America’s debt is the real fiscal cliff

Escaping wall-to-wall fiscal cliff headlines is a full-time job. The media constantly tells us we cannot sleep until we solve the crisis, which, of course, puts people to sleep.

If we go over the fiscal cliff, we lose $600 billion in spending we can’t afford and we increase taxes that should have been raised a long time ago. One reason the situation has come to this is that politicians don’t like to talk about taxes, except to use them the way a matador uses a red cape.

The fiscal cliff, while serious, is a short-term problem. The real cliff is America’s addiction to debt. The average American household’s share of the national debt is now about $137,000. This is an epic, generational tale, while the fiscal cliff is a short story.

In fiscal 2012, the federal government spent about $3.5 trillion, or about 23 percent of gross domestic product. It collected revenues of about $2.4 trillion, or 16 percent of GDP. The resulting $1.1 trillion shortfall marked the fourth year in a row the deficit exceeded $1 trillion.

The federal government borrowed about 30 cents of every dollar it spent. As the late U.S. Sen. Everett Dirksen said, “A billion here, a billion there, and pretty soon you’re talking about real money.” Today, substitute trillion.

By the end of fiscal 2012, total government debt was more than $16 trillion and growing feverishly. Our GDP, the value of goods and services produced in the United States each year, is about $15.7 trillion. The ratio of debt to GDP is a measure of our production and ability to service the debt.

The federal debt as a percentage of GDP is at the highest level since the end of World War II. It has increased from 35 percent in the 1990s to over 100 percent, which means our debt is now bigger than the entire economy.

To make matters worse, it is estimated that our total unfunded liabilities are north of $60 trillion. Medicare and Social Security alone make up 75 percent of these liabilities. In the near future Medicare, Medicaid, Social Security, and interest payments will consume all available revenue.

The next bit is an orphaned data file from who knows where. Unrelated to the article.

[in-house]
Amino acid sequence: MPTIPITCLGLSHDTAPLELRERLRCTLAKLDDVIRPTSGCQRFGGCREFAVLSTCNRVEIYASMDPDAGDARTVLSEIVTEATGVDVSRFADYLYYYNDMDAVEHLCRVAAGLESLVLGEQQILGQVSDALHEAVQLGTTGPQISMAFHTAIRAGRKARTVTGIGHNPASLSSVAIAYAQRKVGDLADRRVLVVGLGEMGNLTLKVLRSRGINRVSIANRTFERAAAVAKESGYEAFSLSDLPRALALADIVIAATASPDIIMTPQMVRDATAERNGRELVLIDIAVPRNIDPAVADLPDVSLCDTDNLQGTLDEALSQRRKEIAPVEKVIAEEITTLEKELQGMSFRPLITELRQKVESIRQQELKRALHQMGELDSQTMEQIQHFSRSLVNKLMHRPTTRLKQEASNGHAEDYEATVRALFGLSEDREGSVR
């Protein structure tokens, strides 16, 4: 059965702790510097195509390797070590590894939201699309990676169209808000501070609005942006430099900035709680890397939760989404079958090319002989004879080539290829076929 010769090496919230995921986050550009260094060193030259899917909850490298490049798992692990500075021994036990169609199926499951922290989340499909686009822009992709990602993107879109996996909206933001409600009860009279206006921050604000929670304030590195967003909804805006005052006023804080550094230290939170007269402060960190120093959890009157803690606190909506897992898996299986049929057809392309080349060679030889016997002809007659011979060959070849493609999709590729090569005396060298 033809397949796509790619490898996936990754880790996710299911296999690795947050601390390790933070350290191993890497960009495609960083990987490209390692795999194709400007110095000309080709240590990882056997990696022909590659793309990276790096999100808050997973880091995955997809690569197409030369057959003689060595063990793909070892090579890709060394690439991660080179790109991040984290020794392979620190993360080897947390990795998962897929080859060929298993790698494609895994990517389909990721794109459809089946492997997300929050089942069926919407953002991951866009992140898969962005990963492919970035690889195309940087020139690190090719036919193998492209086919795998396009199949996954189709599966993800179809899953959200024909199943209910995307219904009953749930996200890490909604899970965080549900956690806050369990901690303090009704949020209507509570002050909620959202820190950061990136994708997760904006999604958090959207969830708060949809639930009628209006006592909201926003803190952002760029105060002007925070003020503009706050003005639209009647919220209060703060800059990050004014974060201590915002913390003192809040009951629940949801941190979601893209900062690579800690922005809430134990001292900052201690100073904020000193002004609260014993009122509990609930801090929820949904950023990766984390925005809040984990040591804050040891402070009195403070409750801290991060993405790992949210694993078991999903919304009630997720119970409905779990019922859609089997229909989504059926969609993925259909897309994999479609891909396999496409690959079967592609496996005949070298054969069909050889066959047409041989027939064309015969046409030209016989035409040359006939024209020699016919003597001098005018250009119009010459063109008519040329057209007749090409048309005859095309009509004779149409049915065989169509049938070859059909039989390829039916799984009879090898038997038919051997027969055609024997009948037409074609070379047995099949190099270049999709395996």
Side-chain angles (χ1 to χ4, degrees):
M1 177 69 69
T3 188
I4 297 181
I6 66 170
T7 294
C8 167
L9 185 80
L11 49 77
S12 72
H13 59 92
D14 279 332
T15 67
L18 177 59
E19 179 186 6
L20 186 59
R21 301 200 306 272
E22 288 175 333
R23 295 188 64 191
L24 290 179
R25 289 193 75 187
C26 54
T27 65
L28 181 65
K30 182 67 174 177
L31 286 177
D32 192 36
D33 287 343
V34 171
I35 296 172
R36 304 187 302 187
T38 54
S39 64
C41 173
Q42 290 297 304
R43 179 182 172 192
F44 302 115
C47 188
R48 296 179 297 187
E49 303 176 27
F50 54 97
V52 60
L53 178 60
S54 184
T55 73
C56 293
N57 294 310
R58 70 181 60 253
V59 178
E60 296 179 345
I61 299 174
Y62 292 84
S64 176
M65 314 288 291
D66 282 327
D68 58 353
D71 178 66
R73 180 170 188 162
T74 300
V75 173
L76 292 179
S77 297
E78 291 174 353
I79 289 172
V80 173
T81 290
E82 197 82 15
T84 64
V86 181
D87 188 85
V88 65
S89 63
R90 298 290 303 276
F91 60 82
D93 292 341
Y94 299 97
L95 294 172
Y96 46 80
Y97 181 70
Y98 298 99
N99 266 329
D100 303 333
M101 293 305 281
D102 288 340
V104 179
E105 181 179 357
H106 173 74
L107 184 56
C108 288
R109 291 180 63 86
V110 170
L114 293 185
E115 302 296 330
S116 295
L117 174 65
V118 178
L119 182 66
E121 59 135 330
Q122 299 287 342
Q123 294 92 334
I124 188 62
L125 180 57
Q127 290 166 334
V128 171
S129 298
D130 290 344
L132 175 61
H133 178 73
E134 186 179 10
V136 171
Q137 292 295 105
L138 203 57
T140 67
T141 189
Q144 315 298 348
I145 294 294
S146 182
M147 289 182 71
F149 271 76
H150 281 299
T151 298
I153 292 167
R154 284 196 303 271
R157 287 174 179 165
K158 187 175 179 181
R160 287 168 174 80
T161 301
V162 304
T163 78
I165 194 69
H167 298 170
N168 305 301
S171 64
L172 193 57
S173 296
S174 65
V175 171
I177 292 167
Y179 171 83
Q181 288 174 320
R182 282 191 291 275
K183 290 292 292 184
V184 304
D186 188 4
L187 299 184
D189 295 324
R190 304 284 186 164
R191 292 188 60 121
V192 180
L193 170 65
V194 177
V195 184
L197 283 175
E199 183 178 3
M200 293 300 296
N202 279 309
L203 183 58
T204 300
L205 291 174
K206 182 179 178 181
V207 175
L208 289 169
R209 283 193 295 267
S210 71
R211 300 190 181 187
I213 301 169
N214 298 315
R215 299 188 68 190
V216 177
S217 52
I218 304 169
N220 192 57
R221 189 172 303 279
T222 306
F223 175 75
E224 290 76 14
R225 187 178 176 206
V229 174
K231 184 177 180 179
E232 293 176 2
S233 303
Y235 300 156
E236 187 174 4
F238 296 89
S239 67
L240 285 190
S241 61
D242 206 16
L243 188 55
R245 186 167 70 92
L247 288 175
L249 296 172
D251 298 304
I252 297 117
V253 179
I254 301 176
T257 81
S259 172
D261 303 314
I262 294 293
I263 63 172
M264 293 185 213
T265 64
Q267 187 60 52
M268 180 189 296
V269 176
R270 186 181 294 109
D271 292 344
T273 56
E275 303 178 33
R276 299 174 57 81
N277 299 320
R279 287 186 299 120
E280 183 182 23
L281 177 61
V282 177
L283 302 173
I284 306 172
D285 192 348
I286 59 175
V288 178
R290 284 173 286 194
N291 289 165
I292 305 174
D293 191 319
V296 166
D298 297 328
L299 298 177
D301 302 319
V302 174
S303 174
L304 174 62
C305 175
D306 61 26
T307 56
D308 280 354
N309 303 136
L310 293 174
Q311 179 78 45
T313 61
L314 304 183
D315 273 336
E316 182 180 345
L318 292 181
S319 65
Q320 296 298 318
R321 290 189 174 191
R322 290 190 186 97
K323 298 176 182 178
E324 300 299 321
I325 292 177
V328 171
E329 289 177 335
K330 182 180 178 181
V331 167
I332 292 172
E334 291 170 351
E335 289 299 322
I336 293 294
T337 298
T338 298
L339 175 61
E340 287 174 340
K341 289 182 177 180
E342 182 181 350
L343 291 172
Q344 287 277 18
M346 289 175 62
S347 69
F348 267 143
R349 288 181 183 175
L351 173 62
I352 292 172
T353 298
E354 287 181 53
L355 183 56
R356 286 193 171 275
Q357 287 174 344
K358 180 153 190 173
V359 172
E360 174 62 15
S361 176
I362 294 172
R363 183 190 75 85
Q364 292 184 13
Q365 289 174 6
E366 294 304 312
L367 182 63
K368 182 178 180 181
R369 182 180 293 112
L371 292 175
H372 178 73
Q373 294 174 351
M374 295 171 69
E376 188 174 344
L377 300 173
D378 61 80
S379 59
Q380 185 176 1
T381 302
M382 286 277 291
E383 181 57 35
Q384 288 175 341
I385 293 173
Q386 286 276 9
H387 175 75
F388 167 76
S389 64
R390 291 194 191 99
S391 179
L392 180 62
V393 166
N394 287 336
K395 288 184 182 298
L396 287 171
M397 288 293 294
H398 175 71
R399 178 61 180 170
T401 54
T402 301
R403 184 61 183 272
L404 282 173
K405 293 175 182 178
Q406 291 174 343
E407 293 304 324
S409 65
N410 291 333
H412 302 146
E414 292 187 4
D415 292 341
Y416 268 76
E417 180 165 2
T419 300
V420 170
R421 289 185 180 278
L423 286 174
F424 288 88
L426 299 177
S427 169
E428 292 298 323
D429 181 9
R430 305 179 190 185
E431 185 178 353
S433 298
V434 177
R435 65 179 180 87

Needless to say, this kind of debt results in some scary interest payments. Despite the lowest interest rates in 200 years, America will spend around $220 billion on net interest on its debt in 2012, money that can’t be spent on other priorities.

If the debt problem is not addressed, annual interest payments are expected to top $1 trillion by 2020. Each point interest rates go up increases the payments by at least $150 billion per year.

If interest rates return to their historic average of about 6 percent, interest on the national debt will likely be the largest line item in the federal budget by 2020. It would slow economic growth, reduce our standard of living, displace other government priorities, require future generations to pay for current government spending and reduce our ability to respond to future crises.

In the long run, a growing federal debt is like driving with the emergency brake on, slowing an economy that already can’t get out of first gear. We will take on the economic profile of a third world country: a few rich folks at the top, scarcely any middle class and a vast peasantry.

With all their posturing, Washington political leaders have spent 90 percent of their time talking about less than 10percent of the real problem: the mounting level of debt. With all the talk about taxes on both sides, the new revenue would only address 5 percent of the problem.

We need comprehensive spending and tax reforms that are crafted to encourage economic growth. To do otherwise is sheer masochism. After all, our economy is what keeps America strong.

We must also keep in mind that leaders don’t lead without the consent of the governed. It may be, as Shakespeare’s Cassius said, that the fault lies not in the stars but in ourselves.

originally published: December 15, 2012

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